Speaking of hot leads, these roles are among the most coveted among male actors when this play revives on Broadway, and Fat Turtle has found a worthy cast for the Indy boards. Powers gives his all in the most high-profile role, taking Shelly to every emotional extreme while staying believable and relatable.

Ross makes good use of his talent for Shakespearean patter to deliver Roma’s pseudo-philosophical soliloquies that he uses to lull prospective buyers into being receptive to his pitch. We can easily buy that this is the best man at selling patches of dirt to insecure souls with money.

Maess embodies the not-getting-any-younger quiet desperation of Aaronow, while McConnell expresses the more desperate and impulsive urge to get ahead at any cost.

Riddle does mouse-y well, and we can’t help but feel for him. Page’s performance just gets stronger as his character gets increasingly frustrated with the room full of patience-testing egos. Reddick’s Williamson is just an unapologetic a-hole, well played without compromise, and we have to respect him for that.

There’s a chuckle to be had here and there, and the marvelous absurdity of what grown men are willing to say to each other under stress – or just to keep a sucker in the sale. And, of course, be prepared for lots of salty language. This is drama at its best, a half-dozen men sweating out what could be one of the best or, more likely, worst days of their miserable lives. You owe it to yourself to close the sale on some tickets for this show before it closes on Oct. 15.

Performances are at the IndyFringe Theatre, 719 E. St. Clair St., just east of the College, Mass Ave., St. Clair intersection. Visit www.IndyFringe.org for tickets.

TOTS hosts a play for the masses (literally)

By John Lyle Belden

“Well, of all things!” A 1959 French play by a celebrated Romanian absurdist about the destructive but seductive effects of mass conformity finds resonance in Indianapolis, U.S.A., in 2017.

No Holds Bard and Catalyst Repertory present Eugene Ionesco’s “Rhinoceros” on the Second Stage of Theatre on the Square through Aug. 13. The play is set in a near future in which most animals are extinct and most color is gone – frowned upon, even – but the people deal with it in a very orderly black-and-white world in which logic can be argued to the point that facts can mean anything.

Slovenly, drunken Berenger (Zachariah Stonerock) doesn’t fit in. And worse, he has gotten into an argument with his only friend, proud, self-sure Jean (Tristan Ross). But suddenly, a rhinoceros comes charging up the street. Did everyone see what they just saw? Of course not. There are no zoos, there are no circuses, there are no rhinoceroses. Then, a rhinoceros comes charging down the street in the other direction. Thus the question becomes: Is it the same rhinoceros? And are one or both African or Asian? This latter point, and the counting of horns, naturally becomes the most vital issue.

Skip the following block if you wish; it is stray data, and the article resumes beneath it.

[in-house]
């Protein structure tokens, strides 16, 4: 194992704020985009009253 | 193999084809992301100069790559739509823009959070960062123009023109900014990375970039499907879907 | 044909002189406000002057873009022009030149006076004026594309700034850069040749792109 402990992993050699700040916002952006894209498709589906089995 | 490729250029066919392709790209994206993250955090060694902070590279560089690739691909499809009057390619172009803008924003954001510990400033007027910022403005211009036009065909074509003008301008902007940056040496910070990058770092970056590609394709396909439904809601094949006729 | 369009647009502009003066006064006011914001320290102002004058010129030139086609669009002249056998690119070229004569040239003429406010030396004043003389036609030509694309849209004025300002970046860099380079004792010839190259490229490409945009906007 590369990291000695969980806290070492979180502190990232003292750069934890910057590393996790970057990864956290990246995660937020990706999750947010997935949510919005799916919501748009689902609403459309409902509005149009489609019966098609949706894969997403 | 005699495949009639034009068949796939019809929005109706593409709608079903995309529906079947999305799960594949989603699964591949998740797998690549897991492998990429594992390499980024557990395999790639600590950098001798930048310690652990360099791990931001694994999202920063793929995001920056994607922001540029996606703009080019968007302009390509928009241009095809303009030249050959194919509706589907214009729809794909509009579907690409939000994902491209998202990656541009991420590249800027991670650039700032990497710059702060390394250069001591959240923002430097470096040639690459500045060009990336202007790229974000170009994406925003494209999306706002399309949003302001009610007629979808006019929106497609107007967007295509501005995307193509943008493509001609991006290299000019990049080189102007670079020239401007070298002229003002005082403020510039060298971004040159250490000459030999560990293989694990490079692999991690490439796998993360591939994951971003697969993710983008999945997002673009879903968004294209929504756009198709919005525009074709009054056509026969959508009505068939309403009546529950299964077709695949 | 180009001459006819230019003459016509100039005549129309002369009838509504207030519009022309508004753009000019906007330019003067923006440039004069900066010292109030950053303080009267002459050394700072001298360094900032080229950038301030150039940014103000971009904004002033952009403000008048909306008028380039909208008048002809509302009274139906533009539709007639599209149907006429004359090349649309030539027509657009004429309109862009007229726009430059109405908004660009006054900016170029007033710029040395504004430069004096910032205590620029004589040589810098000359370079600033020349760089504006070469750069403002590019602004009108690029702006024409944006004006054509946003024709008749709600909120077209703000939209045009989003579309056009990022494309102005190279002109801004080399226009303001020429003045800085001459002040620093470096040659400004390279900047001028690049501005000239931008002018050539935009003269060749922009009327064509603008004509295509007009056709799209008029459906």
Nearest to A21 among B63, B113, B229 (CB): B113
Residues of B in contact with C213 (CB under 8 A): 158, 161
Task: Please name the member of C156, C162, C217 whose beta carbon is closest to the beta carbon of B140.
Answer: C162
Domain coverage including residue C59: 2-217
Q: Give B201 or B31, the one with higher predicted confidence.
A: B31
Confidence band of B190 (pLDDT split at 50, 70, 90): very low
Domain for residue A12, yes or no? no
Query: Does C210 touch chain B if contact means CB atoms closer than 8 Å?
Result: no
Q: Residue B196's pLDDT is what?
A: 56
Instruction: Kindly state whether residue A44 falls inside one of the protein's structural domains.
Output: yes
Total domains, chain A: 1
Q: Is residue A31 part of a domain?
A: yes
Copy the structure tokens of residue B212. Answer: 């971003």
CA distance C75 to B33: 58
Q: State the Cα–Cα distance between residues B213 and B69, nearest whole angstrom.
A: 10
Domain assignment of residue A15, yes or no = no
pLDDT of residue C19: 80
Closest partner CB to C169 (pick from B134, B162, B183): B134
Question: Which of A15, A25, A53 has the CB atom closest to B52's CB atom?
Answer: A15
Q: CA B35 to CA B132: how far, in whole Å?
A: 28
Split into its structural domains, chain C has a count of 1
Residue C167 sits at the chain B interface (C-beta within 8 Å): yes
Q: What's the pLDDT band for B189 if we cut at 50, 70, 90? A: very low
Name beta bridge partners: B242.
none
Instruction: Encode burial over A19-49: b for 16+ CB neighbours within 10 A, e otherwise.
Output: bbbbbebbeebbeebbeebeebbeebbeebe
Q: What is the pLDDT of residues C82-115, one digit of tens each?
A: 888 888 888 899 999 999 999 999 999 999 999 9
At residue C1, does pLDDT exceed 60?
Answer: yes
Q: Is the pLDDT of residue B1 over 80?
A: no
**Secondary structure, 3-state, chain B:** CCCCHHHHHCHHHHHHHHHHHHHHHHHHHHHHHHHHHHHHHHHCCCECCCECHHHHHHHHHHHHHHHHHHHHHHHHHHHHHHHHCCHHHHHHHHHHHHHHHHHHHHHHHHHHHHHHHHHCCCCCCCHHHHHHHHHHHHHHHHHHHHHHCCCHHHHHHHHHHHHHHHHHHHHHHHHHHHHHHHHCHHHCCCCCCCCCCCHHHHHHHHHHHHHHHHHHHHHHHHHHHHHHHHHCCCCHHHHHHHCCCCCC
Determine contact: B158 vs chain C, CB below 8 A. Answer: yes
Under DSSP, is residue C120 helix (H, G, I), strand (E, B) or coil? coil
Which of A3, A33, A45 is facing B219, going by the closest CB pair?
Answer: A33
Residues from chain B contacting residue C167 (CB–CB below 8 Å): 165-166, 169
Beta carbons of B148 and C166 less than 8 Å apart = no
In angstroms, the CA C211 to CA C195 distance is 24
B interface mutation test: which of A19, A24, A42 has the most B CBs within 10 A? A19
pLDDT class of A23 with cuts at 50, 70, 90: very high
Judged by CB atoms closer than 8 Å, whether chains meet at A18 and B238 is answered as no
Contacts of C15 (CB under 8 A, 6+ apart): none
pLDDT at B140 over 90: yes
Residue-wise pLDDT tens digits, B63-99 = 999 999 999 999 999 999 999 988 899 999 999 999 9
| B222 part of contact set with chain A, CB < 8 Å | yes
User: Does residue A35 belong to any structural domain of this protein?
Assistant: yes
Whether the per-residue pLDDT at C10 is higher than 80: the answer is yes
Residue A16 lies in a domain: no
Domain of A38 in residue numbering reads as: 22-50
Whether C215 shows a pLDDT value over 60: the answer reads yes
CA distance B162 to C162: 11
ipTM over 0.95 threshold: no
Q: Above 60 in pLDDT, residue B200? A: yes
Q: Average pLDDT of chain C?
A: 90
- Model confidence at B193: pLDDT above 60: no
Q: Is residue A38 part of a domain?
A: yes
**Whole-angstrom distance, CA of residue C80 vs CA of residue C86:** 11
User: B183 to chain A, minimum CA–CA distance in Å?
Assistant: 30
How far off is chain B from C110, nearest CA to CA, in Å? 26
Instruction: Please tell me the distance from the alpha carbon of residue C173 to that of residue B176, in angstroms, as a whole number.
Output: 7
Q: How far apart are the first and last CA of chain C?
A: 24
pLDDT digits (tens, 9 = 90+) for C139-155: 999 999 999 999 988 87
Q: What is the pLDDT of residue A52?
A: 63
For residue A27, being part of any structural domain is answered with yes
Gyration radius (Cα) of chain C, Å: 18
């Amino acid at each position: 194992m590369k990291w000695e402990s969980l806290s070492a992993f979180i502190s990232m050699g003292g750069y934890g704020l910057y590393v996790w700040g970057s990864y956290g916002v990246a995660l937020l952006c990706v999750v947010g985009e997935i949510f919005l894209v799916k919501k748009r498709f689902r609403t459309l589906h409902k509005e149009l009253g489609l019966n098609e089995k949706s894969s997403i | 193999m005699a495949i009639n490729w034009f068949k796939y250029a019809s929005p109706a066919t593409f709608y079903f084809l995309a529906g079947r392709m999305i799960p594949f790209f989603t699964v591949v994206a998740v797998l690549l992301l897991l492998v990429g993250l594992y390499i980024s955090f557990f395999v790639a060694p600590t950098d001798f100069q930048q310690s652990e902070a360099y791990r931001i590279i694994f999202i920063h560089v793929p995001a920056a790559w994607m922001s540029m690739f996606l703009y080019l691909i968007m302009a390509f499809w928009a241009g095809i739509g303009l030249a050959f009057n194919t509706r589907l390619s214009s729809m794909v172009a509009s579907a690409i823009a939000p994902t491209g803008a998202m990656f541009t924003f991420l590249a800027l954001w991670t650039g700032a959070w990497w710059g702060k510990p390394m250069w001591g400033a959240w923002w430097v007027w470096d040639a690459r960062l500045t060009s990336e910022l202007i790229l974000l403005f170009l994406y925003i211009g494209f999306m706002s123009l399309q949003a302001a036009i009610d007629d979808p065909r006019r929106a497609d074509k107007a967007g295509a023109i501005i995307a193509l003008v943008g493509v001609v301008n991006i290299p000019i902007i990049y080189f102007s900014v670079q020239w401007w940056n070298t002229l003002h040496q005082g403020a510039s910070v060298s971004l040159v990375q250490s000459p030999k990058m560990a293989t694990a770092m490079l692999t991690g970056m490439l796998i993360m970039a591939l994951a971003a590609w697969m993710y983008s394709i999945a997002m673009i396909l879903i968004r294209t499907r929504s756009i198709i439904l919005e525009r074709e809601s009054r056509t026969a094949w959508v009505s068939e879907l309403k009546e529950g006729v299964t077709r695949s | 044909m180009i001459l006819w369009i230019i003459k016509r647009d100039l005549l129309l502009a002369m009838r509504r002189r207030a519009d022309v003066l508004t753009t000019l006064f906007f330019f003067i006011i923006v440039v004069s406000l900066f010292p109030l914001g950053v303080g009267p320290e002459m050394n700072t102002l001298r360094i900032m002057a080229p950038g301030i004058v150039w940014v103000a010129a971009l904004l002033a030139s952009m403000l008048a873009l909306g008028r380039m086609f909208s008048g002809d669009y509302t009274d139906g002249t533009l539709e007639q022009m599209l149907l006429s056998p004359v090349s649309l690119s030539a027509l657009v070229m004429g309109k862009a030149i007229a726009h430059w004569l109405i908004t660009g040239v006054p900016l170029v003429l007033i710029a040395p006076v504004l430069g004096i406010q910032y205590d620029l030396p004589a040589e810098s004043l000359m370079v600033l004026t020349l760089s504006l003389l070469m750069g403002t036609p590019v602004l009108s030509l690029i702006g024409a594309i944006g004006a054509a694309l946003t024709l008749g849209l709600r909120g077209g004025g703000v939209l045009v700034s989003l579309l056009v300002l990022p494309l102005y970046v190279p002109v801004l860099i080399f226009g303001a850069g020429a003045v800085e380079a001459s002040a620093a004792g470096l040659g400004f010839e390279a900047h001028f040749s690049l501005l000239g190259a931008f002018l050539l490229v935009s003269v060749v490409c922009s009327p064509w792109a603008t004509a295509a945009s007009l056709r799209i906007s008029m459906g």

The next day, Berenger comes in late to work, but Daisy (Abbie Wright), who he is sweet on, covers for him with the boss, Mr. Papillon (Josh Ramsey), who, in turn, is upset with Duduard (Tim Fox) and Botard (John Mortell) not getting to work as they argue whether the rhinoceros sighting was real. Duduard has seen the beasts and is more accepting of events; while Botard did not, assumes its a hoax, and if anything did happen, it was part of a grand conspiracy by dark forces. Then Mrs. Beof (Denise Jaeckel) arrives, saying she can’t find her husband, and she’s being pursued by a rhino – when the animal destroys part of the building, she discovers the beast is her husband, somehow transformed.

After this, nearly everyone starts changing into rhinoceroses. As you do.

Stonerock garners our sympathies as the individualist everyman – misunderstood, put down and unsure of what he wants and how to get it. He, and we through him, are never on solid ground as the more sober he gets, the more mad the world becomes.

His castmates deal well with the play’s broadly-drawn characters. Wright embodies the contradicting impulses of dependence and independence women have dealt with in the nearly 50 years of this play’s existence, showing her own strength regardless. Fox is appropriately glib, Mortell brightly brusque. Jaeckel throws herself into her role. Ross, who also directs, takes charge on stage as well; and Ramsey is sharp as ever, including his turn as a “professional logician” who tortures language into submission. The cast is ably rounded out by David Mosedale and Sarah Holland Froehlke – who extracts a lot of laughs from a dead cat.

The script’s length, adapted from three acts to two, and pacing can drag at times, but it’s all worth seeing the eventual “rhinoceros parade.” While this a comedy, with plenty of hilarious situations and comic turns of phrase, beneath the mirth is the hint of something strong and violent that can trample to ruin anything in its path.

Good thing it’s only a play, eh?

Join the herd at TOTS, 627 Massachusetts Ave., call 317-685-8687 or get info and tickets at tots.org/rhinoceros/.

Old lore gets modern makeover in Catalyst’s ‘Slaying the Dragon’

By John Lyle Belden

I got so much more than I expected when I saw “Slaying the Dragon,” and I have high expectations from a play written by Casey Ross.

Ross’ plays are character-driven with great dialogue, flavored with enough of the absurd to make them entertaining without stretching credulity. And with her latest comedy production – presented by her Catalyst Repertory at Theater at the Fort, directed by Carey Shea – Ross enters the realm of fairy tales and conjures a thought-provoking fable.